Continuing the increased publicity and interest in the life of “The Master of Suspense”, Toby Jones dons the bulbous stomach and jowly cheeks of Alfred Hitchcock for a slow burning character study into the director’s obsession with The Girl.
With the summer of 2012 having seen a detailed retrospective into Hitchcock’s earliest works in the silent era take place at London’s BFI, and of course with Sir Anthony Hopkins taking on the cinematic icon in February 2013, it seems that appreciation for Alfred Hitchcock has never been higher. This of course is not anything to criticise, as it would be hard work to find anyone with even a small amount of film knowledge who would downplay the importance of Hitchcock as a historic figure in cinema. His work defined the genre, and still does to this day, and is wholly never questioned. It is perhaps for this reason that it is his private life that is now of interest.
The working relationship that Hitchcock had with his leading ladies is always going to grab interest. For example, stories have always circulated regarding his treatment of Janet Leigh during the filming of Psycho (such as leaving a prosthetic corpse in her dressing room to see how loud she would scream), as have those concerning Tippi Hedren, star of The Birds and Marnie. This is the subject of The Girl, which sees Sienna Miller well cast as the beauty that captured Alfred’s attention so strongly.
The story follows the working relationship between the pair, through the filming of both of the films that they worked on together. As their professional lives become more reliant on each other, Alfred begins an obsession that soon becomes almost threatening to his star. Sadly, the depiction of Hitchcock as some sort of lewd sexual predator is not one that is written well enough to be accepted. This is predictable as the film opens with the assertion that it is based on extensive research, and interviews with Tippi Hedren herself, almost as if to try and force you to accept it as gospel. However, this sadly allows the drama to unfold fairly lazily.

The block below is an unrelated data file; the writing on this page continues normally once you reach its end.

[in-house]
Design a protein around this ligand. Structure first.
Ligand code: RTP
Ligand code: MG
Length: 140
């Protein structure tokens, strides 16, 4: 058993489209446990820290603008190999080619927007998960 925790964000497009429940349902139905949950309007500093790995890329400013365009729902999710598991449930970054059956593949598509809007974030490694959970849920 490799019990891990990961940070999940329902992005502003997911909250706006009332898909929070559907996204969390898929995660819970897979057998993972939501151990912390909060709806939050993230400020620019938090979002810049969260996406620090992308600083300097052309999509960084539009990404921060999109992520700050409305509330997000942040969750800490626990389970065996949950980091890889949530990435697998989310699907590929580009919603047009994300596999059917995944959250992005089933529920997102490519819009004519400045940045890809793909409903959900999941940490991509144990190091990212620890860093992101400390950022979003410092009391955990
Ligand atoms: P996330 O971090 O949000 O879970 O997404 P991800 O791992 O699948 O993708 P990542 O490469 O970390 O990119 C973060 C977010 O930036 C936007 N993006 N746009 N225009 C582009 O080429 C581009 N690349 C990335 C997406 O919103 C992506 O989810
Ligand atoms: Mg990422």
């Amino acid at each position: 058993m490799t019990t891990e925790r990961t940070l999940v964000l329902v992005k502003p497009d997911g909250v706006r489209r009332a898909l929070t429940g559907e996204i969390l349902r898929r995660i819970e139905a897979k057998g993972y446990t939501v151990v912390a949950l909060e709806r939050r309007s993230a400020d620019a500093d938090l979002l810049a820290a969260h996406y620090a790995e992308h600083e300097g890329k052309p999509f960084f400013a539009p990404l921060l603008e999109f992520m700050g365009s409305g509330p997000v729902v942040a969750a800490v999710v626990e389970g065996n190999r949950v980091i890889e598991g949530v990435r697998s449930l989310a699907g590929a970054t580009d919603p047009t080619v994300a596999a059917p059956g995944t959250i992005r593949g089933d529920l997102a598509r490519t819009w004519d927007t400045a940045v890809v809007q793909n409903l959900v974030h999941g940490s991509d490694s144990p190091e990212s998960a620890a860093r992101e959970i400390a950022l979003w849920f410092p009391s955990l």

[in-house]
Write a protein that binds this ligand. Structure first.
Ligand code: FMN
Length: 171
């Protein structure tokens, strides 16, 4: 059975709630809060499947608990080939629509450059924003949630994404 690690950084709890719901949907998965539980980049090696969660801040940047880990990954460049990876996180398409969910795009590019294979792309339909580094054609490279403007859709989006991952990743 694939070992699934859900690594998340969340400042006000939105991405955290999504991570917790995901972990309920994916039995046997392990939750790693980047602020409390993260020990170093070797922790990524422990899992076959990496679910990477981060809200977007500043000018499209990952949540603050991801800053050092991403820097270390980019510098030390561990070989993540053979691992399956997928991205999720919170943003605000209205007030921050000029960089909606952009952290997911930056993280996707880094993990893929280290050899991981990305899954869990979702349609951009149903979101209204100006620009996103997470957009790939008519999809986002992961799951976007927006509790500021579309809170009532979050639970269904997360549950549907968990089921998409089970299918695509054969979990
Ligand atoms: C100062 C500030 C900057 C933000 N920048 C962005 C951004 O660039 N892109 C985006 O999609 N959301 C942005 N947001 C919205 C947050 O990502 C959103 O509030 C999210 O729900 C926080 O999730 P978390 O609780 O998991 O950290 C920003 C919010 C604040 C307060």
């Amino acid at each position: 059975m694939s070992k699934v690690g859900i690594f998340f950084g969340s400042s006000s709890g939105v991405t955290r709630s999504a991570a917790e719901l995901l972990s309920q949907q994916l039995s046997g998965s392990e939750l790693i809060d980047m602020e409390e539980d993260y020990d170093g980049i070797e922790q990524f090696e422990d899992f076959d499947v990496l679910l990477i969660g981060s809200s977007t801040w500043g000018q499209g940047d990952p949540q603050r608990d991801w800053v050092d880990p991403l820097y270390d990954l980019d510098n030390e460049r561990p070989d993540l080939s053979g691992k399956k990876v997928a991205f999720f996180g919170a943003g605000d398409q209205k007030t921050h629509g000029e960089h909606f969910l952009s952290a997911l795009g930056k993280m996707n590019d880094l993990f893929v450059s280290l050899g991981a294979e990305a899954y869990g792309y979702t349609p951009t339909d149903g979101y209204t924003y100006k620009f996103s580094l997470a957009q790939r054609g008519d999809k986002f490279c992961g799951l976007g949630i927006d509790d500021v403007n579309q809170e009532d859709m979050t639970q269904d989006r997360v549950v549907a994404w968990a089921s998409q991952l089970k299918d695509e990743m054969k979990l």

As Alfred’s advances are spurned, he slowly begins to punish Tippi, both physically and mentally. Toby Jones’ portrayal is effective, with his slow drawling voice and Hitchcockian plodding walk carrying the authenticity of the performance. However, he is sadly confined by a script that does not give him enough to do. Jones’s recent film work has shown that he has the ability, but he is unable to fully flex his acting muscles due to limited exposition, a surprise considering the film’s subject matter.
Sienna Miller is a fine choice for the role of Tippi Hedren, as her appearance in this role is just as important as her acting quality (she is the titular girl after all). Imelda Staunton does well to portray Alfred’s long-suffering wife Alma, despite the extremely small amount of screen time that she is afforded. The rest of the supporting cast are well placed in their roles, with only the repeated presence of forced American accents to account for any annoyance.
The real problem with The Girl is that either the subject is not worthy of such attention, or that it was merely not given the right treatment. Of course, the idea of Hitchcock’s malevolent fixation on the leading lady of two of his most well known films seems like a wonderful opportunity for a study in obsession and misogyny, but what we are given is an underwhelming version of that story, leading to a predictable end. Interesting nonetheless, but sadly disappointing.